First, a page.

A court in the Espirito Santo state of Brazil on Wednesday ordered a temporary suspension of the secure messaging platform Telegram because it refused to provide information about neo-Nazi groups that allegedly used Telegram posts to incite violence in schools.
Brazil’s federal police secured a court order for the information after a horrifying wave of gun, axe, and knife attacks on young children over the past few months. Brazilian Justice Minister Flavio Dino announced a crackdown on social media two weeks ago, demanding platforms ban users who are “promoting or supporting attacks or violence against schools.”
Dino’s edict included orders for social media companies to send data on such users to the police, with fines of up to $2.4 million awaiting platforms that do not comply. When Twitter refused Brazil’s censorship demands, Brazilian users accused the company of “supporting massacres.”
Telegram prides itself on maintaining the security of its encrypted communications and the privacy of its users and has found itself on the front lines of the worldwide Internet privacy wars many times over the years as a result. The company has occasionally agreed to restrictions in extreme cases, such as blocking channels employed by terrorist groups like ISIS.
Telegram CEO Pavel Durov credits the platform’s general commitment to privacy for its explosive growth to over 500 million users. The platform is very popular across South America, in part because users trust Telegram to protect their privacy from authoritarian governments. In Brazil, roughly two-thirds of smartphone owners have downloaded the Telegram app.
One of the Brazilian school attackers was wearing a swastika pin when he shot and killed four victims at two different schools in Espirito Santo in November. The 16-year-old killer was a former student at one of the schools in the town of Aracruz who stole a semi-automatic pistol and a revolver from his father, a police officer. He reportedly planned his attack for two years before carrying it out.
Federal investigators obtained an order from the state court for Telegram to supply information on the members of two groups variously identified as “hate groups,” “anti-Semitic,” and “neo-Nazi.” The police said these groups circulated “Nazi content, violent videos, murder tutorials, and bomb-manufacturing instructions.”
“There are groups there called anti-Semitic fronts operating on these networks. We know that this is at the root of violence against our children and adolescents,” Dino said on Wednesday.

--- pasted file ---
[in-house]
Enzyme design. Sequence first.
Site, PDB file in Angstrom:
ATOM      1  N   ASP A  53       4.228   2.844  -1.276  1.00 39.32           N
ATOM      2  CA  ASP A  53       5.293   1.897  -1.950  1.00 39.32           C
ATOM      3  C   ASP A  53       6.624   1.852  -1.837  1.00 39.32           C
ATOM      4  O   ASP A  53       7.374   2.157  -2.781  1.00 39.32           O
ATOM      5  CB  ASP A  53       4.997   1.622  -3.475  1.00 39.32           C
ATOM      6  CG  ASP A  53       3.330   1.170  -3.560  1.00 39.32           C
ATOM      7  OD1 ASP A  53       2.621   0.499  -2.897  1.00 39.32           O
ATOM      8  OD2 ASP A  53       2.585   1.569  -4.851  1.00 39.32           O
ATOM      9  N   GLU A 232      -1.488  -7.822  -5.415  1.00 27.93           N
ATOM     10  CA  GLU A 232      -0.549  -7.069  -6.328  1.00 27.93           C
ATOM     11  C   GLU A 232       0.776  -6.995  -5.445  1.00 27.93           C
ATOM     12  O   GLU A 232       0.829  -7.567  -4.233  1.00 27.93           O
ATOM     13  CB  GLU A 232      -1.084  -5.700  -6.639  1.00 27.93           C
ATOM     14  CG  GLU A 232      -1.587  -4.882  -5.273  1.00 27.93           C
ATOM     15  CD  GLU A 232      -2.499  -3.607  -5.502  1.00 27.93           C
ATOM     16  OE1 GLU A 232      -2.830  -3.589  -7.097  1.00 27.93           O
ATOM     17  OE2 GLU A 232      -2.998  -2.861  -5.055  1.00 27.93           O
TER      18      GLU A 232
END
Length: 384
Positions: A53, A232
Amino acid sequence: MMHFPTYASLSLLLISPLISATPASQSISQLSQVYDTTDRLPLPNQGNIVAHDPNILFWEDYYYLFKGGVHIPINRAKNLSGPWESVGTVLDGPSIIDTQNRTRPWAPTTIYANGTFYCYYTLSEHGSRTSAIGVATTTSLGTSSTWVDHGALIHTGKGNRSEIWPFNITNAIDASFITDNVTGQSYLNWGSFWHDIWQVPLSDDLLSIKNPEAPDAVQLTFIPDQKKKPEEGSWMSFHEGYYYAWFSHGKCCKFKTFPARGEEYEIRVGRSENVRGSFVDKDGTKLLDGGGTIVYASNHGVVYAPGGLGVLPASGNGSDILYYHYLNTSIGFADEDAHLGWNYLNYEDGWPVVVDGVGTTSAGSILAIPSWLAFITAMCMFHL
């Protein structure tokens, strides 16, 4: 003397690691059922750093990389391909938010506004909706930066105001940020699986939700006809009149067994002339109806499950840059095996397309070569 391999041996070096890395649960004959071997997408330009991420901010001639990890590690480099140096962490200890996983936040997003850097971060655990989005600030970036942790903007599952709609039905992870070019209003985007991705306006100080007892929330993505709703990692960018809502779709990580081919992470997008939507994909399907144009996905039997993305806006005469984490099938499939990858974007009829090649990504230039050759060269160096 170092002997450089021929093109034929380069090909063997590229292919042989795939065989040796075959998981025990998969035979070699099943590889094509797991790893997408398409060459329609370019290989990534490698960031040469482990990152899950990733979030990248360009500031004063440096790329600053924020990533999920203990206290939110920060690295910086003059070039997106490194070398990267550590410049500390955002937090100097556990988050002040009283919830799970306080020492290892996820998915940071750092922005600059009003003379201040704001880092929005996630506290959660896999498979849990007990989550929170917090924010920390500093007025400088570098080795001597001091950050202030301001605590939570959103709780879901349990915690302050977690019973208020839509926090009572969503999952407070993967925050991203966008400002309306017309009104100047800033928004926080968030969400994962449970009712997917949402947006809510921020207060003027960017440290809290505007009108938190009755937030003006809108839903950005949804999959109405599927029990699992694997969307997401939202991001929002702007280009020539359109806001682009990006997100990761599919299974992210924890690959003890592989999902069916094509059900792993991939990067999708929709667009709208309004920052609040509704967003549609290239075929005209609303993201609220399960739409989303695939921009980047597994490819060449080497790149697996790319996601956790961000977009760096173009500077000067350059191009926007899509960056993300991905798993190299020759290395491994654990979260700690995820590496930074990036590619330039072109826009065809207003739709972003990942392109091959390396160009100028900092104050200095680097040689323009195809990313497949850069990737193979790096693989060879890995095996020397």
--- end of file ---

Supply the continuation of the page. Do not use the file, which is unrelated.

“Platforms must collaborate with society in preventing violent acts caused by extremists. Brazil is not a land without law,” asserted Communications Minister Paulo Pimenta.
Durov said on Thursday that complying with Brazil’s demands was “technologically impossible,” as well as contrary to Telegram’s operating principles.
“In cases where local laws go against this mission or impose technologically unfeasible requirements, we sometimes have to leave such markets,” Durov warned.
“In the past, countries like China, Iran, and Russia have banned Telegram due to our principled stance on the matter of human rights. Such events, while unfortunate, are still preferable to the betrayal of our users and the beliefs we were founded on,” he said, throwing down a gauntlet before the Brazilian government. Durov founded Telegram in Russia, but the company currently operates out of Abu Dhabi.
Espirito Santo Judge Wellington Lopes da Silva on Wednesday banned Telegram from operating in Brazil until it fully complies with the court’s demand for information on its users, and added a fine of $197,780 per day. He ordered Brazilian companies to shut down access to Telegram – a barrier that is generally not difficult to circumvent, using virtual private network (VPN) technology – and stop allowing Brazilians to download the app.
“We are appealing the decision and are looking forward to the final resolution. No matter the cost, we will stand up for our users in Brazil and their right to private communication,” said Durov.
Telegram was suspended nationwide in Brazil once before, in March 2022, when the company refused court orders to block certain users and provide personal information on others, prominently including conservative blogger Allan dos Santos.
Brazilian Supreme Court Justice Alexandre de Moraes, a censorship-happy judge who in the past has ordered violent raids on suspected conservatives for allegedly spreading “fake news,” accused dos Santos of “spreading falsehoods” to aid then-incumbent President Jair Bolsonaro’s re-election effort. Bolsonaro supporters cried foul, since many of them were ardent Telegram users, so shutting down the platform would severely hinder his campaign.
On that occasion, Durov said there was a “miscommunication” between his company and the Brazilian Supreme Court that led to the public conflict and ban.
“I apologize to the Brazilian Supreme Court for our negligence. We definitely could have done a better job. We complied with an earlier court decision in late February and responded with a suggestion to send future takedown requests to a dedicated email address. Unfortunately, our response must have been lost, because the Court used the old general-purpose email address in further attempts to reach us.,” Durov said.
Telegram was reinstated in two days after agreeing to many of the Brazilian Supreme Court’s demands, including the deletion of dos Santos’ accounts, removing classified documents that were posted on the platform by Bolsonaro, and agreeing to put warning labels on posts containing “false information.” Bolsonaro went on to narrowly lose the presidency to left-wing former convict Luiz Inacio Lula da Silva.
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